It is not at the table, but in prison, that you learn who your true friends are.
If it's near dinner-time, the foreman takes out his watch when the jury has retired, and says: "Dear me, gentlemen, ten minutes to five, I declare! I dine at five, gentlemen." "So do I," says everybody else, except two men who ought to have dined at three and seem more than half disposed to stand out in consequence. The foreman smiles, and puts up his watch:--"Well, gentlemen, what do we say, plaintiff or defendant, gentlemen?
I never saw a man who looked With such a wistful eye Upon that little tent of blue Which prisoners call the sky.
Probably the only place where a man can feel really secure is in a maximum security prison, except for the imminent threat of release.
The best situation of all, and one frequently utilized, is for jails and prisons to allow volunteer ministers of all faiths to enter prisons and offer their services to the inmates who want them. That way, the religious needs of inmates are met but without government funds being spent.
If we were brought to trial for the crimes we have committed against ourselves, few would escape the gallows.
The law does not pretend to punish everything that is dishonest. That would seriously interfere with business.
Whatever is worthy to be loved for anything is worthy of preservation. A wise and dispassionate legislator, if any such should ever arise among men, will not condemn to death him who has done or is likely to do more service than injury to society. Blocks and gibbets are the nearest objects with legislators, and their business is never with hopes or with virtues.
The reformative effect of punishment is a belief that dies hard, chiefly I think, because it is so satisfying to our sadistic impulses.
A man will be imprisoned in a room with a door that's unlocked and opens inwards, as long as it does not occur to him to pull rather than push.
The thoughts of a prisoner - they're not free either. They keep returning to the same things.
I can tell you this on a stack of Bibles: prisons are archaic, brutal, unregenerative, overcrowded hell holes where the inmates are treated like animals with absolutely not one humane thought given to what they are going to do once they are released. You're an animal in a cage and you're treated like one.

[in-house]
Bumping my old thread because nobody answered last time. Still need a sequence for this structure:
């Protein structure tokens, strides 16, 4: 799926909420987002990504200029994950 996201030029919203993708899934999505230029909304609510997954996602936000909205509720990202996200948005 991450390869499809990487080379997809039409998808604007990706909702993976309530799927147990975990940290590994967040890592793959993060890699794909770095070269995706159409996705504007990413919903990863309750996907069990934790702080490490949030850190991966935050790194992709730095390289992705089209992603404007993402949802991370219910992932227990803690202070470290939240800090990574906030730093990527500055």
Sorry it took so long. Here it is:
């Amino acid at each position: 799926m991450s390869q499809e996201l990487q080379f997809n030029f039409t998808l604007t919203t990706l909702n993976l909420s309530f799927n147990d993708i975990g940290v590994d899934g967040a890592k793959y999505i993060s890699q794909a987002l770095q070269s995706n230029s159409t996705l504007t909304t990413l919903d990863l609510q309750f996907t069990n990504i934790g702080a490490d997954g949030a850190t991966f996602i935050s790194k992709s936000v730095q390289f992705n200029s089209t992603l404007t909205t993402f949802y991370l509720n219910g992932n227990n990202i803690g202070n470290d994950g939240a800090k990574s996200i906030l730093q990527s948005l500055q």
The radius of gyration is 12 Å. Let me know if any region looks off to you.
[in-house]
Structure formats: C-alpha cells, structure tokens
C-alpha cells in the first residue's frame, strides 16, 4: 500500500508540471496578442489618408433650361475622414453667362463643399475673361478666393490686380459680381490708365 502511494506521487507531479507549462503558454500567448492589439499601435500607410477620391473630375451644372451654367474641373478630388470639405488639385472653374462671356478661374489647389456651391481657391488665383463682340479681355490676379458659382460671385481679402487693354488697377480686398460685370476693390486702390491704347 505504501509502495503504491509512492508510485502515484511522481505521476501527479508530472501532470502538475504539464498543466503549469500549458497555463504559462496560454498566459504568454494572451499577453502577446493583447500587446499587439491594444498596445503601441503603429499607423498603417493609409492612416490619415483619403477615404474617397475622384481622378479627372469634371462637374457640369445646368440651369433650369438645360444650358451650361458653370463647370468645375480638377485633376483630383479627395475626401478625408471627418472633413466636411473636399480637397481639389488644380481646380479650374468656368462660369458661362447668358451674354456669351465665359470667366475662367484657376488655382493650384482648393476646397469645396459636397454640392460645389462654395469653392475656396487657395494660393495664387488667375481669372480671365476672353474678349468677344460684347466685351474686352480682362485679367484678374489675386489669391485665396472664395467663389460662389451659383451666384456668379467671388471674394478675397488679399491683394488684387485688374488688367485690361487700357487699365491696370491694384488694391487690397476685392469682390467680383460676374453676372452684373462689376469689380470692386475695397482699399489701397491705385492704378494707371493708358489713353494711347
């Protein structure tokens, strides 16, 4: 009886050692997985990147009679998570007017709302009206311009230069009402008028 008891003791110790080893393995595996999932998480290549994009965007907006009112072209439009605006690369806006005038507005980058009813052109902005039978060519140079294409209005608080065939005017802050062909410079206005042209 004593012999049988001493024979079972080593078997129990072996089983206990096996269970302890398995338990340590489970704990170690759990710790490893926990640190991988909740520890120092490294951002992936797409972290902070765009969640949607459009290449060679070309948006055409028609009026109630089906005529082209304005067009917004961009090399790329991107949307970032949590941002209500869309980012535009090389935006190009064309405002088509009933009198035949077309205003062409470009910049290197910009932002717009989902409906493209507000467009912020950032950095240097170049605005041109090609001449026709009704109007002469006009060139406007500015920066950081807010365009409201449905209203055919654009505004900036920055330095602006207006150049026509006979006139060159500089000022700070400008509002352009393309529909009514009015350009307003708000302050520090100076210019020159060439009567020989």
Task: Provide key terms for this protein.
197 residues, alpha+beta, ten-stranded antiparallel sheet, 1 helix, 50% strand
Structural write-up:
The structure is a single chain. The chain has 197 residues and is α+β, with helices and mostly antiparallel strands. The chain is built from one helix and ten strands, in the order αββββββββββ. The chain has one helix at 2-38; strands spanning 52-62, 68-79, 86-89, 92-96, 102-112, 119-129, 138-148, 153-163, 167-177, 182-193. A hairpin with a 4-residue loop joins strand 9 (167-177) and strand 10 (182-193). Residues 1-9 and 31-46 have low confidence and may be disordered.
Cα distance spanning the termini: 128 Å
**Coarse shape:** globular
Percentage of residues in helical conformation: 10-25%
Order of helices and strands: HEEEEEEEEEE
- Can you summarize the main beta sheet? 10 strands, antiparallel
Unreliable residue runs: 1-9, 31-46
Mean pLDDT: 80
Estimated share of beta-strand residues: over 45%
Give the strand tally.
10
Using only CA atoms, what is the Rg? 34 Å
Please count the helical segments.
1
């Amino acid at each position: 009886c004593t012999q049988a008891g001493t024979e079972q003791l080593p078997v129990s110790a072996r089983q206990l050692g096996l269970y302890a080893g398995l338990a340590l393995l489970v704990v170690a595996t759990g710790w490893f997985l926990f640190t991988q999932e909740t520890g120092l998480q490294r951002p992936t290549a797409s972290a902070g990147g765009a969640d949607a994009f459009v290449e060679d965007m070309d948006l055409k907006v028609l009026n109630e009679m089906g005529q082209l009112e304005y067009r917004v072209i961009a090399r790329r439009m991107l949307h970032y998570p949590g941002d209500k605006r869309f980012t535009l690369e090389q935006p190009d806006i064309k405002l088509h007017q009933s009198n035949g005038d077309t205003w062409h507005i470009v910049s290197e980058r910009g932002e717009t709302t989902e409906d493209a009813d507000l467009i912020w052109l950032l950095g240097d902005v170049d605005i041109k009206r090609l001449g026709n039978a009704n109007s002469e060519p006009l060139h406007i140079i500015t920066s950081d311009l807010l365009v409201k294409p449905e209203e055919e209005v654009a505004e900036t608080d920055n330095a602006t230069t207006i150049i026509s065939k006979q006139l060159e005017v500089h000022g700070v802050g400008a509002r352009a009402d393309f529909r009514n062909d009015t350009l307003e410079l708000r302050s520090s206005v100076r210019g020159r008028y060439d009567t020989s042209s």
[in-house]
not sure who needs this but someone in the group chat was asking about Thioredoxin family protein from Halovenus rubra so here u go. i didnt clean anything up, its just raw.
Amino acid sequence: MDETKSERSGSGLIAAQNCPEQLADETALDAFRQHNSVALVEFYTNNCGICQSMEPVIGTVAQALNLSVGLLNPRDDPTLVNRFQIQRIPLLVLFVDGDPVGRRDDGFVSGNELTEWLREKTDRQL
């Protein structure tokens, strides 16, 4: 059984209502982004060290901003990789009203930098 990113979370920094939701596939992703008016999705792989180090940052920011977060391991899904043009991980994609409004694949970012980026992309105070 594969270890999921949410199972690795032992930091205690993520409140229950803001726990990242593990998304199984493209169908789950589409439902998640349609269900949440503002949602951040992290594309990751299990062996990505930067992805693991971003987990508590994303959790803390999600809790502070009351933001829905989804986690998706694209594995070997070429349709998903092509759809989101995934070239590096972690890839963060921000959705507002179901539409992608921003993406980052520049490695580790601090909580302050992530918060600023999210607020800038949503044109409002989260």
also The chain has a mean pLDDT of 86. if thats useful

Mere factual innocence is no reason not to carry out a death sentence properly reached.
They were being driven to a prison, through no fault of their own, in all probability for life. In comparison, how much easier it would be to walk to the gallows than to this tomb of living horrors!
I have paid no poll-tax for six years. I was put into a jail once on this account, for one night; and, as I stood considering the walls of solid stone, I could not help being struck with the foolishness of that institution which treated me as if I were mere flesh and blood and bones, to be locked up...I saw that, if there was a wall of stone between me and my townsmen, there was a still more difficult one to climb or break through, before they could get to be as free as I was.
Here the great art lies, to discern in what the law is to be to restraint and punishment, and in what things persuasion only is to work.
The English laws punish vice; the Chinese laws do more, they reward virtue.
Educate your children to self-control, to the habit of holding passion and prejudice and evil tendencies to an upright and reasoning will, and you have done much to abolish misery from their future lives and crimes to society.
When I was in prison, I was wrapped up in all those deep books. That Tolstoy crap - people shouldn't read that stuff.